BOSTON – A Florida man was indicted yesterday by a federal grand jury on charges of conspiracy to use stolen identities to fraudulently obtain disaster loans from the Small Business Administration (SBA) and to launder money.
Hector Garcia, 51, of Ocala, Florida, was charged with one count of conspiracy to commit wire fraud, three counts of wire fraud and two counts of aggravated identity theft. He is due to appear in federal court in Boston at a later date. Garcia was previously arrested and charged in August 2021.
Garcia conspired with others to use stolen U.S. citizenship information to apply for SBA Economic Injury Disaster Loans, according to charging documents. Garcia allegedly used the stolen identity information of a U.S. citizen to open a fraudulent bank account and then linked that account to other fraudulent bank accounts set up to receive SBA funds. Garcia and his co-conspirators allegedly used debit cards associated with the accounts to launder money by purchasing iPhones for resale. It is also alleged that Garcia and other co-conspirators wired some of the funds to the Dominican Republic.
More than $452,000 in SBA funds related to the scheme was allegedly obtained fraudulently. About $250,000 of that was spent on iPhones in Massachusetts and New Hampshire.
The charges of wire fraud and conspiracy to commit wire fraud each carry a maximum penalty of 20 years in prison, three years of supervised release, and a fine of up to $250,000 or twice the gross criminal proceeds or losses. The aggravated identity theft charge carries a mandatory two-year prison sentence, with any other sentence to be served consecutively, up to a year of supervised release and a fine of up to $250,000. Sentences are imposed by a federal district judge in accordance with the United States Sentencing Guidelines and statutes governing sentencing decisions in criminal cases.
The announcement was made by U.S. Attorney Rachael S. Rollins and Special Agent in Charge New England Homeland Security Investigations Matthew B. Millhollin. Valuable assistance was also provided by Homeland Security Investigations, Orlando, FL; Small Business Administration, Office of Inspector General; Housing and Urban Development, Office of Inspector General; Social Security Administration, Office of Inspector General; Department of Labor, Office of Inspector General; Inspection Services; Massachusetts State Police; New Hampshire State Police; and Acton, Nashua (NH), Manchester (NH), and Ocala (FL) Police Departments. Assistant U.S. Attorneys Elianna J. Nuzum and Adam W. Deitch of the Rollins Criminal Division are prosecuting the case.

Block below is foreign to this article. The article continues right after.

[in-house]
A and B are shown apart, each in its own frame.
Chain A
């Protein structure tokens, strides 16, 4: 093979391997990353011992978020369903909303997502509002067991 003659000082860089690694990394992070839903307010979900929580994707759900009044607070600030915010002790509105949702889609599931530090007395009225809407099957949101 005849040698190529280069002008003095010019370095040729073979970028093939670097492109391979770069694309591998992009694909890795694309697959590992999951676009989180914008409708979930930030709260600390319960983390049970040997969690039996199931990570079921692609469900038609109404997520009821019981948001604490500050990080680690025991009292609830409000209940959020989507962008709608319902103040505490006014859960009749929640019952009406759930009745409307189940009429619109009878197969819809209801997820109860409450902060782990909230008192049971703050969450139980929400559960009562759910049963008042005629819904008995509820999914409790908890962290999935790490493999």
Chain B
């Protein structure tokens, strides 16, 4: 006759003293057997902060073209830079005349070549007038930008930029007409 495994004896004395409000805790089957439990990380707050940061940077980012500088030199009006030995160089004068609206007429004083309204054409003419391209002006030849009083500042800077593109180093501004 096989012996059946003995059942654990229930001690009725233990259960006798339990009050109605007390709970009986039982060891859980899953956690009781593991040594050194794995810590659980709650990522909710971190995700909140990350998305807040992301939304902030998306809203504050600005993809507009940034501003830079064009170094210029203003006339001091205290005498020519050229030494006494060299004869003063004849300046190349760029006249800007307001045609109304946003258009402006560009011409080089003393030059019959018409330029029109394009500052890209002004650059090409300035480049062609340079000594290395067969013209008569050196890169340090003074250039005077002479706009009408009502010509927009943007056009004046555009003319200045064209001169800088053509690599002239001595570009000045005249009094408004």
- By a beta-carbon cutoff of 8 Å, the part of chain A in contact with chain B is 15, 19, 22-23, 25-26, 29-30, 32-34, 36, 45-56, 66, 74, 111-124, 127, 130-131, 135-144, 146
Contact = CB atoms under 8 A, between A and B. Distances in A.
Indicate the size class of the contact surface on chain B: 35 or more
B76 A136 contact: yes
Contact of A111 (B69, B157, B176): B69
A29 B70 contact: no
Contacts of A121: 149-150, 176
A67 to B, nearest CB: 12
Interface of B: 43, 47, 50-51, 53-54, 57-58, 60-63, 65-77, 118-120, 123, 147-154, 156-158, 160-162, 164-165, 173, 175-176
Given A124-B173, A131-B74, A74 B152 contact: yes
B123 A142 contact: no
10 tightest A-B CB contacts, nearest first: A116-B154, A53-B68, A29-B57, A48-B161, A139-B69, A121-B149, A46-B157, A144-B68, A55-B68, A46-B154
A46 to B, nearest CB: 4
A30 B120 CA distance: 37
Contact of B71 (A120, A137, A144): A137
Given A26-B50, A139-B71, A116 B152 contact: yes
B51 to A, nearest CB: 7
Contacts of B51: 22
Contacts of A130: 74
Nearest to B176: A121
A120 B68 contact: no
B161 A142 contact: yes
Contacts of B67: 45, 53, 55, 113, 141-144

On May 17, 2021, the Attorney General established the COVID-19 Fraud Enforcement Task Force to work with government agencies to mobilize DOJ resources to step up efforts to combat and prevent pandemic-related fraud. The task force intensifies efforts to investigate and prosecute the most reprehensible domestic and international criminal actors and assists agencies charged with implementing relief programs to prevent fraud by, among other means, strengthening and integrating existing coordination mechanisms, identifying resources and technologies To expose fraudsters and their schemes, and to share and leverage information and insights gained from prior law enforcement efforts. For more information on the Department of Justice’s response to the pandemic, visit https://www.justice.gov/coronavirus.
Anyone with information about allegations of attempted fraud involving COVID-19 may report it to the Department of Justice’s National Center for Disaster Fraud (NCDF) hotline at 866-720-5721 or through the NCDF web complaint form at https://www .justice.gov/disaster-fraud/ncdf-disaster-complaint-form.
The details contained in the charging documents are the allegations. Defendants are presumed innocent unless and until proven guilty beyond a reasonable doubt in a court of law.